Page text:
13 Cemeteries to Visit in New Orleans

I love New Orleans. And cliché or not, I love it for all the things it’s built its reputation on: good food, great music, and death. Visitors usually go for the first two, but many find themselves oddly drawn to the third in little ways – past life tarot readings, voodoo customs, and the city’s cemeteries, many of which are now now popular ‘tourist’ attractions. The people of the crescent city have developed unique rituals that are both deeply fascinating and incredibly beautiful around the celebration of life and death.

Continue reading “13 Cemeteries to Visit in New Orleans”

RUOK? Mental health in the year of COVID-19

RUOK? Day is a cause close to my heart (this post I wrote a few years ago is still one of the most viewed on my blog), and this year it’s going to be more important than ever. I never struggle to ask if people are doing ok, but I still struggle to answer honestly when I’m asked. If I knew my friends were struggling with mental illness, having thoughts about ending their own lives, having a hard time coping day to day with even the most mundane tasks like doing their grocery shopping or hanging up the laundry, I’d do whatever I could to help. But for some reason, I don’t feel deserving of the same help and support in return. That’s how depression and anxiety get you; they make you feel you are not worthy.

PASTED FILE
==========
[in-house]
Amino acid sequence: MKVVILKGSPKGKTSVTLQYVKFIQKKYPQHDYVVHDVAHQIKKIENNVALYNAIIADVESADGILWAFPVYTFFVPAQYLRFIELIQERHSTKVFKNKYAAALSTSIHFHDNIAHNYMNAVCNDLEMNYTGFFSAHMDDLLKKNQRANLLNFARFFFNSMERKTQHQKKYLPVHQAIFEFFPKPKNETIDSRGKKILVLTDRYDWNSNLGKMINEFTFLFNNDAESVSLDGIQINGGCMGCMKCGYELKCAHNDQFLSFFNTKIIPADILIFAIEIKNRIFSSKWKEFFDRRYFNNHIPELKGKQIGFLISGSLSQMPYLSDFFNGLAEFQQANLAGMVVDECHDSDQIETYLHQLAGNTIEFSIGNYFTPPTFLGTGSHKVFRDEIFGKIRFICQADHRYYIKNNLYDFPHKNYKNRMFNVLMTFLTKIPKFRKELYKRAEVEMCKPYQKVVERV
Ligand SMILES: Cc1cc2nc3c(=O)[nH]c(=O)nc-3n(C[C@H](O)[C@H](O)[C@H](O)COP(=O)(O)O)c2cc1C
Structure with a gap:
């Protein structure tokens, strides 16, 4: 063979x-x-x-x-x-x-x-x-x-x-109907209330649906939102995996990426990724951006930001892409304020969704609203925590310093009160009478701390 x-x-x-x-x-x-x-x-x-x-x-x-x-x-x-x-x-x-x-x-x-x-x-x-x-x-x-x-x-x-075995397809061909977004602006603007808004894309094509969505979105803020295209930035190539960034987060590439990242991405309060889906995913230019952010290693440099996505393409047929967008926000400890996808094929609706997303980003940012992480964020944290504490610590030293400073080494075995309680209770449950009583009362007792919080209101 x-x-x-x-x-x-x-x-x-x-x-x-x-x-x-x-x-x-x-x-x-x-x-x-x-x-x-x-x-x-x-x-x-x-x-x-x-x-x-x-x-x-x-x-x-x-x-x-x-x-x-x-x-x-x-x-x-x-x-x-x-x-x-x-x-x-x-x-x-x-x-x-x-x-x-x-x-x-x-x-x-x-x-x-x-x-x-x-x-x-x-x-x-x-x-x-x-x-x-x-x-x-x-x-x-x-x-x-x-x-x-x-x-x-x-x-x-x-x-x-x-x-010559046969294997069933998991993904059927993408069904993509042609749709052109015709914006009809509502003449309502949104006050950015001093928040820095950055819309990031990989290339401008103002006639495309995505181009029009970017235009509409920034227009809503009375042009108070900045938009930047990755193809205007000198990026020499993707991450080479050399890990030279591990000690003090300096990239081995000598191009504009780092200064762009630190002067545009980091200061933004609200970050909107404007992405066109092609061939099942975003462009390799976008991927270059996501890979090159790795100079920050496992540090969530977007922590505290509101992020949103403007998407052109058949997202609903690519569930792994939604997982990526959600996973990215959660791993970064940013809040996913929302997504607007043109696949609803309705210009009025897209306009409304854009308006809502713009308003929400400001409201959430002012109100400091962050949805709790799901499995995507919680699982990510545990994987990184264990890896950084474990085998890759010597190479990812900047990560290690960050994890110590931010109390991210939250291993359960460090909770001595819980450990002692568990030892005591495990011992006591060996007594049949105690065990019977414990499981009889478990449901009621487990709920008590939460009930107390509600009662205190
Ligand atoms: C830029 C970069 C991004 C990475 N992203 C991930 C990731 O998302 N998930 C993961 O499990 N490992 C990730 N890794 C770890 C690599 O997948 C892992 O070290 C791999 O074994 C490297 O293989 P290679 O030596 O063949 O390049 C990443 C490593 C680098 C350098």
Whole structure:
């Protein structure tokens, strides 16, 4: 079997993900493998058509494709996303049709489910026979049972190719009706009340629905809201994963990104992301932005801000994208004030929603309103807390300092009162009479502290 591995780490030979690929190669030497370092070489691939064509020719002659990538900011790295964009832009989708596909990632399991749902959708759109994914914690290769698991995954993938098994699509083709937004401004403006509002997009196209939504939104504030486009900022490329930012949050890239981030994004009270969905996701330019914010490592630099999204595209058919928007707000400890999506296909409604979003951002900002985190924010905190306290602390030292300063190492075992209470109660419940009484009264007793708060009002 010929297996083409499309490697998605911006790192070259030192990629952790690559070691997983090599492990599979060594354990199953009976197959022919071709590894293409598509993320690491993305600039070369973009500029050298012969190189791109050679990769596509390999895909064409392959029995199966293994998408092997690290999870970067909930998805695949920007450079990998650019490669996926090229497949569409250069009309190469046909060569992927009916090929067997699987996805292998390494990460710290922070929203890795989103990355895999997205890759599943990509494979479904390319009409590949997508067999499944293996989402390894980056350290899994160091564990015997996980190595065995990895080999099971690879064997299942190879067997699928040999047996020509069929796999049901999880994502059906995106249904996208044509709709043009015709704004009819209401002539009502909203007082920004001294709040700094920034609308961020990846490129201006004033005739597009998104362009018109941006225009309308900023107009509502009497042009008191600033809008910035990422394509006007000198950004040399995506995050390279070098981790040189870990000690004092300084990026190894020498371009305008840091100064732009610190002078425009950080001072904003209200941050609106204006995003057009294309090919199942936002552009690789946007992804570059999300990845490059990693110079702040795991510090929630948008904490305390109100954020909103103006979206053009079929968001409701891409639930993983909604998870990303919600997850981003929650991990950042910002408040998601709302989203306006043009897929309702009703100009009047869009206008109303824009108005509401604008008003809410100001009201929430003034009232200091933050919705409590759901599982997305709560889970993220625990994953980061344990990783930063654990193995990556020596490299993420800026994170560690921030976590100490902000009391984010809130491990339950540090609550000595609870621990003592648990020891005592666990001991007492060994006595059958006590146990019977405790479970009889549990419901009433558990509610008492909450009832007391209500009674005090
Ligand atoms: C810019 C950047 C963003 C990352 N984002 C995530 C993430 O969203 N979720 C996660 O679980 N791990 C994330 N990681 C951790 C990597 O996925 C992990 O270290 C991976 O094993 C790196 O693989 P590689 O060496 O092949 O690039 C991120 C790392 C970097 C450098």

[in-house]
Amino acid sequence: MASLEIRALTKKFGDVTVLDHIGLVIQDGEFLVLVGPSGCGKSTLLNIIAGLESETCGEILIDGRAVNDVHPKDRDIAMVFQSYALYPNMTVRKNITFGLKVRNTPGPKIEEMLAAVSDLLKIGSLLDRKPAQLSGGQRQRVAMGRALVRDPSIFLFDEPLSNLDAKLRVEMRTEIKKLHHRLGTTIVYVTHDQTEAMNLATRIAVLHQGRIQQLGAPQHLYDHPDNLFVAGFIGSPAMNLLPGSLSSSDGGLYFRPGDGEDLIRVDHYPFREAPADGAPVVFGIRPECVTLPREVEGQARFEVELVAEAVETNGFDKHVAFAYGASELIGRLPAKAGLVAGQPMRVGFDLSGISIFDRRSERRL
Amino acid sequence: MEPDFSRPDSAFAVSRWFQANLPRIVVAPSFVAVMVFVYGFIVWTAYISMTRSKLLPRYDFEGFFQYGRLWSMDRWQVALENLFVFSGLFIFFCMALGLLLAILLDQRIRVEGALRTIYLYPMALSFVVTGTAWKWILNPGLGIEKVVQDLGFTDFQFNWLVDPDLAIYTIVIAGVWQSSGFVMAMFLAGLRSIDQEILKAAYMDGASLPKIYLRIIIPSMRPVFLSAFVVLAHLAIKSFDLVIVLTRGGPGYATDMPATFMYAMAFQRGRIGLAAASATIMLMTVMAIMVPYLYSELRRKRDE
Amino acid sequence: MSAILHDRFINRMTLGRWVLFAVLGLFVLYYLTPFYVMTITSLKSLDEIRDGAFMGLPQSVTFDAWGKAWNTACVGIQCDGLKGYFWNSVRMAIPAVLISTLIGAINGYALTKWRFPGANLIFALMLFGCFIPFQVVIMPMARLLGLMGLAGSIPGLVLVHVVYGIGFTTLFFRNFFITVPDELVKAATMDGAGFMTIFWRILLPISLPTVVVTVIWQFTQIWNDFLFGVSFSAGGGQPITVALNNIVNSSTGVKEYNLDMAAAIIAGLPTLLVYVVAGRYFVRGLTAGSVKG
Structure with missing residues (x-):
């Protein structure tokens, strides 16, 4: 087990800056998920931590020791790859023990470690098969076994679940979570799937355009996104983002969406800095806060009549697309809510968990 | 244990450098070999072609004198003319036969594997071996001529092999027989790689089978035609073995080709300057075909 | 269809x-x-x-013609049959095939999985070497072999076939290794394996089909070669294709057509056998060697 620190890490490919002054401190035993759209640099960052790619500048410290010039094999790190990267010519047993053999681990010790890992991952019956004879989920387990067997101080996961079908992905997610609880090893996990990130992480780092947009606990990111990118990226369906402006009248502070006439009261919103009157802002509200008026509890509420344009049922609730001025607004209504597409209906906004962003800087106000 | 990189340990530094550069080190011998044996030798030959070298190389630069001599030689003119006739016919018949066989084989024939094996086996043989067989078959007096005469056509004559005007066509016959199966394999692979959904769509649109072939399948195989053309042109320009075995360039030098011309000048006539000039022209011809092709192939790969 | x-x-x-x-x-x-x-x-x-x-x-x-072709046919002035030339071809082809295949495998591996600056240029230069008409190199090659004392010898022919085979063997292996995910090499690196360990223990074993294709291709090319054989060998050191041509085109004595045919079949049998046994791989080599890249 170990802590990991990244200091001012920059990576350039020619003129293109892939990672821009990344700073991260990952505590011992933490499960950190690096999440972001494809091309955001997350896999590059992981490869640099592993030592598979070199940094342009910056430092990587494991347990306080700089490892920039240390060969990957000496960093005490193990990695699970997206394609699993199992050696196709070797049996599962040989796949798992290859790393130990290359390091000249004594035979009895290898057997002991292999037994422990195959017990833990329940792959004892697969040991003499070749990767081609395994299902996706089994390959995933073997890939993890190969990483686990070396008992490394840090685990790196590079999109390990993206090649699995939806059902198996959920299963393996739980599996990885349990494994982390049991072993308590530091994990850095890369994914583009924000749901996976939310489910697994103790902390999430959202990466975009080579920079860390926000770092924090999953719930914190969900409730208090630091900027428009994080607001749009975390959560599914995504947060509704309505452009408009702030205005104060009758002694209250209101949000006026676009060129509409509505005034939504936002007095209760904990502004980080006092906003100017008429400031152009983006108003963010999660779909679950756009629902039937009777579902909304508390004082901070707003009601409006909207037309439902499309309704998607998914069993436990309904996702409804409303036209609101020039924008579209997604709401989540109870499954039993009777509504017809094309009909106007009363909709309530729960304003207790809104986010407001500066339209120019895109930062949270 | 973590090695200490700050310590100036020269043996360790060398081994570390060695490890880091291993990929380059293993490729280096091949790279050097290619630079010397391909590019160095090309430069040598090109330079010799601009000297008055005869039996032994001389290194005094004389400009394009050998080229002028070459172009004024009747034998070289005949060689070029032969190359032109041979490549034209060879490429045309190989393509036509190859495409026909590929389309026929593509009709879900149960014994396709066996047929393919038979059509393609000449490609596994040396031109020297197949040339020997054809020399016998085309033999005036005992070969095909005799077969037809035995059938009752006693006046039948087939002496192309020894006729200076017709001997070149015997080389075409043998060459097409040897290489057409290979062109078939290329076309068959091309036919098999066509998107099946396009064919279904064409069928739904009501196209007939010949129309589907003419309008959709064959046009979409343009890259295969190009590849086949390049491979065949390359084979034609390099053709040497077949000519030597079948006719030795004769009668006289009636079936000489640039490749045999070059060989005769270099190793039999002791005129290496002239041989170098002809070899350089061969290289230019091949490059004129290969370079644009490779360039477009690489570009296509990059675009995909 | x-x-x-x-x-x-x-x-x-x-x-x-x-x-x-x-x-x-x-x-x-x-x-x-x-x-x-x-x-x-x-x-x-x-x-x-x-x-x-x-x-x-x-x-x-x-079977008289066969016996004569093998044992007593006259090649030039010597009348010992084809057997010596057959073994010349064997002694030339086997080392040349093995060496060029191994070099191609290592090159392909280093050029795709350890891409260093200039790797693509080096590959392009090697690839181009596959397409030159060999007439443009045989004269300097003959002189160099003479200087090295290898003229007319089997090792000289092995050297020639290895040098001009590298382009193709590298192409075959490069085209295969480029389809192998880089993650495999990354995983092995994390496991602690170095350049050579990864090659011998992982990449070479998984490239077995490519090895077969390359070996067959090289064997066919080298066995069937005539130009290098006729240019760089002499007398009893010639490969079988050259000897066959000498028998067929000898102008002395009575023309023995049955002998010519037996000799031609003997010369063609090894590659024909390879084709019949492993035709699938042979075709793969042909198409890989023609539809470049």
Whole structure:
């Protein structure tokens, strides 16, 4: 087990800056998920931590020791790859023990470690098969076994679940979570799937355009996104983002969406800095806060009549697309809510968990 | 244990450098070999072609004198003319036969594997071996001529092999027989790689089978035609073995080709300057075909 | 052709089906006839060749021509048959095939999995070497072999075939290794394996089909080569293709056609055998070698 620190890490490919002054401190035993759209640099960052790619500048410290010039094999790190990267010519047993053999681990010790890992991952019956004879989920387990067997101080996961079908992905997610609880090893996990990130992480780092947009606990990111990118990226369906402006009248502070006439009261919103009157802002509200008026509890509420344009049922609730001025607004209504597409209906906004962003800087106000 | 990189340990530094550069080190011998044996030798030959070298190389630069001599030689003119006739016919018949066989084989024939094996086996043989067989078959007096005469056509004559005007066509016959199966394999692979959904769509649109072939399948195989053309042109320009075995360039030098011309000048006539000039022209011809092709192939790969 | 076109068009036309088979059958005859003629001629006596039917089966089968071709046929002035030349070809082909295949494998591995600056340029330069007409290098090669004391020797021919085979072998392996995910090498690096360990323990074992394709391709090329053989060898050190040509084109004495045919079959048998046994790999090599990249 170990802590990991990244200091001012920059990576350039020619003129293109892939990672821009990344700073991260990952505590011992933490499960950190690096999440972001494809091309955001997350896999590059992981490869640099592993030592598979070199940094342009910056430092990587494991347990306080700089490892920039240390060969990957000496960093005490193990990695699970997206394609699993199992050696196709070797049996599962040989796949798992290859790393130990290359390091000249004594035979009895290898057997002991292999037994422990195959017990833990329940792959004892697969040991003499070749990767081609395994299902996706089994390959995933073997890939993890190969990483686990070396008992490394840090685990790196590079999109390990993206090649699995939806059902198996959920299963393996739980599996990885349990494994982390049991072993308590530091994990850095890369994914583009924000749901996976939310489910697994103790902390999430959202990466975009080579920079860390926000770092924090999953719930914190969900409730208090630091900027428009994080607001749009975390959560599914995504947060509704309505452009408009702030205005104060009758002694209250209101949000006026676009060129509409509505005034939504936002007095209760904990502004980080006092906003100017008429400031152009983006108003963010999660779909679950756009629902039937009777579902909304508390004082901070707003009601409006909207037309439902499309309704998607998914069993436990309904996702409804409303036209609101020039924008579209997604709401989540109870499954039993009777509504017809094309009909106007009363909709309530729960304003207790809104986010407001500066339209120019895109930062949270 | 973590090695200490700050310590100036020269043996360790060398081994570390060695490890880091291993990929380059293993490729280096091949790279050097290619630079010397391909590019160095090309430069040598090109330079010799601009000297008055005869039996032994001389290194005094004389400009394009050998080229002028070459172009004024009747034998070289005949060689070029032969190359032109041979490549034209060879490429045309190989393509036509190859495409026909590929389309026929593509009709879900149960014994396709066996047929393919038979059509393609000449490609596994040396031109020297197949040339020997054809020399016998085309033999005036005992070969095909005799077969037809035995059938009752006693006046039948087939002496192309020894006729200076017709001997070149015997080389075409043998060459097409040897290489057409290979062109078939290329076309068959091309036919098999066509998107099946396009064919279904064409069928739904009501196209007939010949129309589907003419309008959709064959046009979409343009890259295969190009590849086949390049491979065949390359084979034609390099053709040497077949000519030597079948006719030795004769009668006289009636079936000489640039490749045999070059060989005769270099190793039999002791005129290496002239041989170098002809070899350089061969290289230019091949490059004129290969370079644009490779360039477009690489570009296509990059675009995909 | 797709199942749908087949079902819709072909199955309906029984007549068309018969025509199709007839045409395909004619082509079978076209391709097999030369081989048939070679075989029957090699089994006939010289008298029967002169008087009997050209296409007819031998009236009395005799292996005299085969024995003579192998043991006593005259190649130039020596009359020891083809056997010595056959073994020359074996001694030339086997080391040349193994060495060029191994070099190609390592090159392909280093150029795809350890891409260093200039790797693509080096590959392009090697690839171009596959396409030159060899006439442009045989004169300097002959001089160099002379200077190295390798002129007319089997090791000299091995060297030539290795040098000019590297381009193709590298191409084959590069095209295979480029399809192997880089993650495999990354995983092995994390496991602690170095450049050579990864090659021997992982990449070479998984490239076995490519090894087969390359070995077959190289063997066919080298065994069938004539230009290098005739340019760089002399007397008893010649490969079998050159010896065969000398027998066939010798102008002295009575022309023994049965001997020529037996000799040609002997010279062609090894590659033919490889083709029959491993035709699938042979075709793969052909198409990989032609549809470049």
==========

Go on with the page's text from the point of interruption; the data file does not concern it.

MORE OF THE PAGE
Compounding my silence even more now is the fact that I now have a son; if I spoke out about just how badly I’m struggling, people might think I’m a bad mother. Then I catastrophise: what if people don’t trust me with him? What if they think I don’t love him? What if someone tries to take him away from me? I should just keep quiet, because no good can come from me being honest about the deep dark hole I find myself in from time to time. Postnatal depression and anxiety is horrific. So is regular depression and anxiety. And eating disorders. And personality and mood disorders. All mental illness is a terrible thing. It robs you of your sense of self, your passions and hobbies, your relationships, your will to get up and make the most of the day; sometimes it even robs you of your life.